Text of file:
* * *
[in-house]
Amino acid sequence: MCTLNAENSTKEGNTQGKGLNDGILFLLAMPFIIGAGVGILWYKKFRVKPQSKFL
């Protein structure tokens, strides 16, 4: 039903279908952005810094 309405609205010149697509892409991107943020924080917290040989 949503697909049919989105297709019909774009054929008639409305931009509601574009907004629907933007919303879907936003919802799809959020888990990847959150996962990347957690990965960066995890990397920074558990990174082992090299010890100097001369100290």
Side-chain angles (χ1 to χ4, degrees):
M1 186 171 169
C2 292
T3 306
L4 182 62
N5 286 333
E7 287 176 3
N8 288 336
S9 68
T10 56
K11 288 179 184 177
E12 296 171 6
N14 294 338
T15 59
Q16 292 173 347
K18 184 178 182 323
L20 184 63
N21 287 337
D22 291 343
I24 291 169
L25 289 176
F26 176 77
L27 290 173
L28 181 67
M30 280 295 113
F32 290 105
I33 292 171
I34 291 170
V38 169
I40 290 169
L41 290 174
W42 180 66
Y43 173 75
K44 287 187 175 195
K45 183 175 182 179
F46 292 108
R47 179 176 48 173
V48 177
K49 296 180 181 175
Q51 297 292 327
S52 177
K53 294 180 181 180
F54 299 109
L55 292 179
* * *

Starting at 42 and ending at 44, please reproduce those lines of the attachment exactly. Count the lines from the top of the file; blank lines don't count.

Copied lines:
K49 296 180 181 175
Q51 297 292 327
S52 177